Have you seen the price of replacement canvas lately? Modest care and timely repairs can save you from shelling out for years to come.
If you want to keep your boat's enclosure in top shape for many seasons to come, just remember PCP. We're talking prevention, cleaning, and protection here. PREVENT costly repairs or replacement by restitching broken or loose seams as soon as you find them. CLEAN your canvas and windows regularly to prevent mildew and dirt from staining or scratching the surface. Regularly replace the PROTECTIVE finish on canvas and clear plastic "windows."
A Stitch In Time
With few exceptions, exterior fabrics on boats will be either acrylic canvas (Sunbrella or similar) or some type of vinyl-coated fabric (Stamoid or similar). Both acrylic and vinyl will outlast the polyester thread used to shape them, even more so if you use bleach for cleaning. Restitching at the first sign of thread failure avoids the need to realign and reassemble. Just pass the seams through a heavy-duty domestic sewing machine. Your selection of thread matters. White polyester, the default choice of canvas shops everywhere, suffers mightily in the sun. The better alternative is to have your canvas sewn with PTFE thread, either Tenara or SolarFix. For a DIY restitch, you're likely to find PTFE thread shockingly expensive, difficult for a domestic machine to sew, and prone to leaking at the needle holes. The DIY choice is black polyester, which costs, sews, and seals the same as white, but will last years longer due to the substantial UV protection the black pigment affords.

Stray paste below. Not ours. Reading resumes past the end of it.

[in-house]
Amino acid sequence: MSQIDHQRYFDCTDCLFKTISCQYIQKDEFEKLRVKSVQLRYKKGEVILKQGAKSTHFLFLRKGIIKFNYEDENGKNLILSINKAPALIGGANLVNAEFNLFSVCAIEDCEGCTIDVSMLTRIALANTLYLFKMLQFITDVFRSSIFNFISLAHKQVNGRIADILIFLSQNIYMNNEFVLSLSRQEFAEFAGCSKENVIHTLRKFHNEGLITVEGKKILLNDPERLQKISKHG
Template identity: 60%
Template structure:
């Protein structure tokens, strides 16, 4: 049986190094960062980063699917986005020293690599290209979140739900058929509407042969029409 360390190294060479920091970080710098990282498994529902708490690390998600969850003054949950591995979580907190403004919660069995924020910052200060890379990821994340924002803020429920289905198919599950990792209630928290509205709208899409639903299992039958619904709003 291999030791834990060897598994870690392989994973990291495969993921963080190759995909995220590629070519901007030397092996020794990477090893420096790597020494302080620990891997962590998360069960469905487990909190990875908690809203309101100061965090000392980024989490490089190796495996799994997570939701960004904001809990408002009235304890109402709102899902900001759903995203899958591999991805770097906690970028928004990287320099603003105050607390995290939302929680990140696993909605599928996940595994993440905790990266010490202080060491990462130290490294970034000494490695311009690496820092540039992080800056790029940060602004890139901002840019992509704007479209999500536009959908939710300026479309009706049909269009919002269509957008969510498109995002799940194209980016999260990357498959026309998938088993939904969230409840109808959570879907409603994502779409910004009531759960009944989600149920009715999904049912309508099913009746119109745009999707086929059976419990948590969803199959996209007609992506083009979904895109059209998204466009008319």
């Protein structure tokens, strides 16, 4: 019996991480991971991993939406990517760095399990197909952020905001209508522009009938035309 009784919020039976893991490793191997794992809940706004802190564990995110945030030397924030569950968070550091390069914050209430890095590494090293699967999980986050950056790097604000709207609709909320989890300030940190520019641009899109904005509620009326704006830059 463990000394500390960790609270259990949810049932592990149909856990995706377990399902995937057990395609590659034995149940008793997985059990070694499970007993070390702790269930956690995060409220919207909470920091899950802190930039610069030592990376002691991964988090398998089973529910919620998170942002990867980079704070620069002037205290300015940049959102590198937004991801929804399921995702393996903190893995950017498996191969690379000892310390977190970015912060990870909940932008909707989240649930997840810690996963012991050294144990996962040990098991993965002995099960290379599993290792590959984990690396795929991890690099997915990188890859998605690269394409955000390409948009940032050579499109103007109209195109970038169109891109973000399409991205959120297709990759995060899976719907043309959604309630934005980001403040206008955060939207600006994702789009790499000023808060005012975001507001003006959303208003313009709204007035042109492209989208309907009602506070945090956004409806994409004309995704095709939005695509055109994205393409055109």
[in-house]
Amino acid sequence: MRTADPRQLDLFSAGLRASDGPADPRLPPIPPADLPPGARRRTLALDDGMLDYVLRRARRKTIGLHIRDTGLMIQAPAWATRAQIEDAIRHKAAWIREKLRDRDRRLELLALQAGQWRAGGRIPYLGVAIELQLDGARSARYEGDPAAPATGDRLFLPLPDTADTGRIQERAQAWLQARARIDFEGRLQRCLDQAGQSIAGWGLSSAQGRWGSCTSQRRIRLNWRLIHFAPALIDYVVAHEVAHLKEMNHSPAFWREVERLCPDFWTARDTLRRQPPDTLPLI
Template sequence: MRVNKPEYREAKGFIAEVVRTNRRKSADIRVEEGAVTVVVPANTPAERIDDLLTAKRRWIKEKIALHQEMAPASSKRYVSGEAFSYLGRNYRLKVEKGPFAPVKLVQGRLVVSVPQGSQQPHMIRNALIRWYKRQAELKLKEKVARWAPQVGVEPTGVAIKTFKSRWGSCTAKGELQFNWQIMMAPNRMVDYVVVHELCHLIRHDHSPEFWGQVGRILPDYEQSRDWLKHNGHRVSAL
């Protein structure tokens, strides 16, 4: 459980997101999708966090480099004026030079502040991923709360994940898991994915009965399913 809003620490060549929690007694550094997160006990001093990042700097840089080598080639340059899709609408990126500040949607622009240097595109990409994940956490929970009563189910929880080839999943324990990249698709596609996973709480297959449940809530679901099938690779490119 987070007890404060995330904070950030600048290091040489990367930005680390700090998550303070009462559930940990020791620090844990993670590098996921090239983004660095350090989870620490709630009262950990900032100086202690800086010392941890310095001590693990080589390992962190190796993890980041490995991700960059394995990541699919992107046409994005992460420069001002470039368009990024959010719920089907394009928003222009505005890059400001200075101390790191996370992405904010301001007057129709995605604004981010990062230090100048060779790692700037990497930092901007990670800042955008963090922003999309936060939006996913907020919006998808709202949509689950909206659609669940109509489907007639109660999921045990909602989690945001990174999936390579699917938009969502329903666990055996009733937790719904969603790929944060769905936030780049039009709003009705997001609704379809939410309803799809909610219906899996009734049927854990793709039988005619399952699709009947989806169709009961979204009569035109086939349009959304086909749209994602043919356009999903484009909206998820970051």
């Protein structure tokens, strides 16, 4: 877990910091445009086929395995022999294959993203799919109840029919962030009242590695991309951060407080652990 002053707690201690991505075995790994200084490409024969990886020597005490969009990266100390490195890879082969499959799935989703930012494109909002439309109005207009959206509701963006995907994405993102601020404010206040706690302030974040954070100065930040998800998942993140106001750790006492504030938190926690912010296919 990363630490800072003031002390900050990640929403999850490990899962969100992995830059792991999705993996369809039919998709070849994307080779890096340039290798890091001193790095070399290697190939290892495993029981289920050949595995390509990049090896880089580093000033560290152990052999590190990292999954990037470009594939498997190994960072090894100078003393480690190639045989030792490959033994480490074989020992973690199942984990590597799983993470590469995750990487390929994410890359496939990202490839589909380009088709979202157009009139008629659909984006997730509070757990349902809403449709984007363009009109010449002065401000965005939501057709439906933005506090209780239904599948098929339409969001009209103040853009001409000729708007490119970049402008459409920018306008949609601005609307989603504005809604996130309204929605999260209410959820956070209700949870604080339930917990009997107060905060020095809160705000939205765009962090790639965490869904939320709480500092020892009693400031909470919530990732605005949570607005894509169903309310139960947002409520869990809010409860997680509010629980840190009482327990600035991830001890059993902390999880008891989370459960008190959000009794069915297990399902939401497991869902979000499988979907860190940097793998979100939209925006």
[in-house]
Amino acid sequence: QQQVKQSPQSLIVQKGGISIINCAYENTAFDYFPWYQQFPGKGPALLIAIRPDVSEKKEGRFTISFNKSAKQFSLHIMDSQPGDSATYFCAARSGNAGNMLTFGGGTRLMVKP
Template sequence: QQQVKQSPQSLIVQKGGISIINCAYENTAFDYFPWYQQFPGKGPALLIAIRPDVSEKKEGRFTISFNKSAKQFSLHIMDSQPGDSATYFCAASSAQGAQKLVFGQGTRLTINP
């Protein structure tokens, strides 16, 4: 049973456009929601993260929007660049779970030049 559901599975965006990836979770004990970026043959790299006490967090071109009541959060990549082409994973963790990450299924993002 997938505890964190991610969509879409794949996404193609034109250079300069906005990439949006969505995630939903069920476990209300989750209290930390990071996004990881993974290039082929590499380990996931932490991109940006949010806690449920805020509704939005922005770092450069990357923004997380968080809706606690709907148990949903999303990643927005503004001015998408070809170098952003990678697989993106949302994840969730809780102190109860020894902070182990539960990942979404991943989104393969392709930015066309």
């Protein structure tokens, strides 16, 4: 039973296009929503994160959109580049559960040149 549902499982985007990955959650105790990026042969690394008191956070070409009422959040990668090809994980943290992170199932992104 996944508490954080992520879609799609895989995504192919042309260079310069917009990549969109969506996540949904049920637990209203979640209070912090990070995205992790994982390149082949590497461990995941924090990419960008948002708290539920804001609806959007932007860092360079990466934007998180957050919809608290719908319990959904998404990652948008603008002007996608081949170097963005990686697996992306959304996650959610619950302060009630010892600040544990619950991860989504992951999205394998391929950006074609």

TIP: The discoloration that occurs where windows touch the metal of the supporting frame isn't abrasion or a chemical reaction. It's a scorch mark due to the hot metal. Keep vinyl away from the bare frame.
It's easier to prevent mildew stains in the first place than remove them. Fresh from the factory, both acrylic- and vinyl-coated canvas are stony ground for mildew. But add dirt, pollution, and bird droppings, and you create a veritable mildew garden. Vinyl canvas doesn't breathe, so condensation combined with low light makes the underside weave particularly inviting to mildew. Frequent washing is essential to keeping boat canvas bright and blemish free. A mild soap solution is best, but Woolite, or a mild dishwashing detergent, also works. Give the soap solution a couple of minutes of soak time to lift the dirt before scrubbing with a very soft brush. Rinse thoroughly, then be sure the canvas gets completely dry. Vinyl canvas enclosures need ample ventilation to keep mildew at bay.
If your canvas already has mildew stains, vinyl will usually give them up to a household spray cleaner such as Spray Nine. Vinyl canvas can even tolerate full-strength chlorine bleach for persistent stains if you limit the time of contact to a few minutes and rinse away all traces. Surfaces around or beneath the canvas may be damaged by bleach, even by strong detergent, so you may need to remove the canvas for deep cleaning. You should also recognize that anything strong enough to remove mildew stains, even a gentle vinyl canvas cleaner, is also going to strip the protective coating. The job is incomplete until you put that back, as described in the next section.